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FEER: A Portrait in Mixed Media [Nanyang NST]
By Lorien Holland
20/7/2001 11:01 am Fri
[NST sudah sakit tenat.... Condongnya kepada kerajaan yang
amat sangat telah membawa mudarat. Kempen boikot nampaknya begitu
berkesan sehingga ia terkapai-kapai menunggu untuk diselamatkan
sehingga Telekom yang tidak relevan langsung pun terbayang-bayang.
Malaysiakini baru sahaja melapurkan edaran Nanyang yang sudah mula
merosot. Padahal itu baru sahaja sebulan masyarakat Cina menentang.
Jika ini berterusan Nanyang dan NST mungkin akan demam. Rakyat sudah
pandai mengajar akhbar yang langsung tidak memberi ruang kepada mereka.
Nampaknya tidak sia-sia Said Zahari menulis bukunya kerana ramai sudah
The Far Eastern Economic Review
A Portrait in Mixed Media
Malaysian newspapers have recently been at the heart of political
squabbles--which are in turn tied up with big business deals and a
potential shakeout in the industry
By Lorien Holland
Malaysian newspapers have been making the headlines themselves
recently. In May, the Chinese-language Nanyang Siang Pau got
temperatures rising when the main Chinese political party bought a
majority stake in Nanyang Press Holdings. Now, industry sources are
saying that a controlling stake in the English-language New Straits
Times Press may be sold to Telekom Malaysia. Both counters are worth
watching for future movement, but analysts advise caution.
"We tend to shy away from media stocks," says Edmund Cheah, executive
director of KL Mutual Funds, one of Malaysia's largest privately owned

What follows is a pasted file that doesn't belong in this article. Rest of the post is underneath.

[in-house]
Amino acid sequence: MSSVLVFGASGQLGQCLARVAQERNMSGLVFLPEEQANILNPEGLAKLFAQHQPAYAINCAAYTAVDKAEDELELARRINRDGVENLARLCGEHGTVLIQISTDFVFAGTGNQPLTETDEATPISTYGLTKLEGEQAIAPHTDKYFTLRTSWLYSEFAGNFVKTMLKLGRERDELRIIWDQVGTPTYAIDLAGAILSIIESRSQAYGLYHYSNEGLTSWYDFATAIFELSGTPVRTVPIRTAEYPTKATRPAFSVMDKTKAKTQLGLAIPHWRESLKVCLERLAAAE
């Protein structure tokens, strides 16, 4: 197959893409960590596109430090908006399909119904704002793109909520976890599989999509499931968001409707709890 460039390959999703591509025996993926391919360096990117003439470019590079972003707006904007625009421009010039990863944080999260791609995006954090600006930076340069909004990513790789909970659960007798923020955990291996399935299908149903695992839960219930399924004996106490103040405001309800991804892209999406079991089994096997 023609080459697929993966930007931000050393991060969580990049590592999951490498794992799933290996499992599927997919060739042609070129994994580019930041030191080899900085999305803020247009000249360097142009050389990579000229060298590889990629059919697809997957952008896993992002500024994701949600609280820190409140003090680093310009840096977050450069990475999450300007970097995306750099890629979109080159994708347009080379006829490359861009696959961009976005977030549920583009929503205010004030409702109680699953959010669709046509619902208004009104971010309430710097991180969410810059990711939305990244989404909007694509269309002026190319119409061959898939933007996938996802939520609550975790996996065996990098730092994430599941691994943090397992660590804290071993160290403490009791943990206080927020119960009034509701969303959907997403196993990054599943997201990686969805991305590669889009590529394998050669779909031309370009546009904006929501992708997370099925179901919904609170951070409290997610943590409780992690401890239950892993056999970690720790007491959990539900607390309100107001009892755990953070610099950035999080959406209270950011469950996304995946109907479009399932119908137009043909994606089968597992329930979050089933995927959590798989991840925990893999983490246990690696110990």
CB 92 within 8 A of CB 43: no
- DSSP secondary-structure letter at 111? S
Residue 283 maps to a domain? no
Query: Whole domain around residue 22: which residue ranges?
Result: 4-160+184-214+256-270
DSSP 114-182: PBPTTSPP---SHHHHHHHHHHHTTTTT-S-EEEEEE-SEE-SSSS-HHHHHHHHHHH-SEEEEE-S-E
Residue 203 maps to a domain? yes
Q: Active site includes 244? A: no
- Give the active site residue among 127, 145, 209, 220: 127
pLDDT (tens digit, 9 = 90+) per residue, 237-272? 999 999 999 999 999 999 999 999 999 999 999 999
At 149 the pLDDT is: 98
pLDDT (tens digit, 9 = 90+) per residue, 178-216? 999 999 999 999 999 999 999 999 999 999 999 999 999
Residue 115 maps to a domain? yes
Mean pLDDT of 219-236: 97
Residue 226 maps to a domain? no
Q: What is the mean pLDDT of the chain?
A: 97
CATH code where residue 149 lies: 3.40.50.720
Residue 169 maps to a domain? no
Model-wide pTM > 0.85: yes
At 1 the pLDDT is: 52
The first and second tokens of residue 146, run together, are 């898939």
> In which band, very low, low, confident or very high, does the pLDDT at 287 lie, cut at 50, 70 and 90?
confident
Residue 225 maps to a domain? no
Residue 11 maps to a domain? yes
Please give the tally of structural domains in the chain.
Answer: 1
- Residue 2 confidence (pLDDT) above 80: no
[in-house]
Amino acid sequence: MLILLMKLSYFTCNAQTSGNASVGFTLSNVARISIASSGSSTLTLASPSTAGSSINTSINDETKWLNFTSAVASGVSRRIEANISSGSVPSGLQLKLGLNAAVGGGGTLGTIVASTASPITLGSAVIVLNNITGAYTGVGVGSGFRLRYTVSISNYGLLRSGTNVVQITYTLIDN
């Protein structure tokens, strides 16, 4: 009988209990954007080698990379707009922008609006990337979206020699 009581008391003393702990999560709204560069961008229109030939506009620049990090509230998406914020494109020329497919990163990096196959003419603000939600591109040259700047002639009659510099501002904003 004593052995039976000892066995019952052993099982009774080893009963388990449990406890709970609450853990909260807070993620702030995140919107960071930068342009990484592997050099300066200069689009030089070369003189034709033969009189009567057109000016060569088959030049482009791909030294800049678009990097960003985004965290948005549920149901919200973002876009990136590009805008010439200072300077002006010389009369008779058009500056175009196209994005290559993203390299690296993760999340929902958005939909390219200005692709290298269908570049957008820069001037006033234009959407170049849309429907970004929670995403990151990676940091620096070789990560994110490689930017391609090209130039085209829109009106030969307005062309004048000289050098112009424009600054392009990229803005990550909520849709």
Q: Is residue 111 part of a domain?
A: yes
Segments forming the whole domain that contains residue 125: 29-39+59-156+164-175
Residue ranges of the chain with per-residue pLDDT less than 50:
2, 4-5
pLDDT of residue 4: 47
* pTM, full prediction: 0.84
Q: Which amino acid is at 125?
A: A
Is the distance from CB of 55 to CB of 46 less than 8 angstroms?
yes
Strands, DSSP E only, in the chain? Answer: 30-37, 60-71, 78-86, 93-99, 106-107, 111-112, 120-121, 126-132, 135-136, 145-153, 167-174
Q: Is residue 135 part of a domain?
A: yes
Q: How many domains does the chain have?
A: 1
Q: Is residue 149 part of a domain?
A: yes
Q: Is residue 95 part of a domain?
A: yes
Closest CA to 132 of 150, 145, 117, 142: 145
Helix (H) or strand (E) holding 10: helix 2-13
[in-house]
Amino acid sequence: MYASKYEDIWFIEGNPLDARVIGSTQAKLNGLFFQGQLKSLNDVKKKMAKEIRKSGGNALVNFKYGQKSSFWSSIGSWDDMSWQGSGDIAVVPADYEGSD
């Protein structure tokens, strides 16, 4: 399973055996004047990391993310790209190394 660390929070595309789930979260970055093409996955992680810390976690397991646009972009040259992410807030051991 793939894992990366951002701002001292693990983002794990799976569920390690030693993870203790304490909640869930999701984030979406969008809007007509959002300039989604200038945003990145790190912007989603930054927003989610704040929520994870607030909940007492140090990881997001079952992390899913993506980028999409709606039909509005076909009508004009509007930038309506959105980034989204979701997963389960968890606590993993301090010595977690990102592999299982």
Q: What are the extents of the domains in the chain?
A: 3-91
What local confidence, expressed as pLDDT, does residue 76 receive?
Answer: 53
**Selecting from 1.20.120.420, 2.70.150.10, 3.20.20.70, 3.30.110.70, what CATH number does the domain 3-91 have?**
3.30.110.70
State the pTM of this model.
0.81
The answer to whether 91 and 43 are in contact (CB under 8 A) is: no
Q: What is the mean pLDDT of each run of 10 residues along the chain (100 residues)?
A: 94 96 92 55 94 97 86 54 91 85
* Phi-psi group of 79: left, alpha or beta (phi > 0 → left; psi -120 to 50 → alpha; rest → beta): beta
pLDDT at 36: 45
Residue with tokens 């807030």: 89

unit trusts. "The fundamentals of a company are difficult enough to
read, and with politics involved, it is even harder."
Nonetheless, other analysts say that both deals could eventually
bolster the bottom line of the newspapers concerned. For Nanyang,
which already boasts an average return of 14.2% over the past five
years, the sale could lead to closer affiliation with the
English-language The Star--Star Publications is also controlled by the
Malaysian Chinese Association, or MCA.
For the New Straits Times Press, new management could refocus the
group's publications and help stem losses on circulation and
advertising revenue. In fact, NSTP has seen its share price rise by
22% in the past week on expectations of the sale. Its shares are
currently at around 3.40 ringgit ($0.89). But there remain significant
political uncertainties ahead.
In Nanyang's case, the May 31 purchase met such strong resistance in
the Chinese community that the MCA that bought it has offered to sell
its entire stake. As negotiations with potential buyers have not made
much progress, the MCA's investment arm will still have to make a
mandatory general offer to all minority shareholders before the end of
July, because it bought more than one-third of the company. That
prospect has kept the share price stable at around 5.20 ringgit.
As for NSTP, its sale has yet to get the seal of approval from the
Ministry of Finance, and Telekom Malaysia denies that negotiations are
currently under way. In addition, NSTP will need to find a buyer for
its stake in financial-services company Commerce Asset Holding, or
CAHB, in order to reduce its heavy debts. Interest payments on those
debts currently run at around 80 million ringgit ($21 million) a year,
and recently pushed even the operational profit of NSTP into the red.
To add to short-term uncertainties, both publications are facing
industry-wide difficulties: high newsprint costs and falling
advertisement revenues as a result of the economic downturn.
"Industry-wide, the situation is not improving, but the upside could
be six months down the line if there is an economic recovery in the
fourth quarter," says Jeffrey Tan, media analyst for KAF-Seagroatt
Research in Kuala Lumpur.
If that upside does emerge, then NSTP could see its situation
improved, as a potential buyer for its CAHB stake is rumoured to be on
the horizon, according to research papers from Merrill Lynch. However,
the sale of CAHB itself will not be enough to turn the group around,
and even the prospect of a new management team under Telekom Malaysia
failed to excite analysts polled by the REVIEW, who said the New
Straits Times must first overcome a perception that it is too closely
linked with the government. Its share price is also seen by some as
expensive compared with that of the market leader, Star Publications.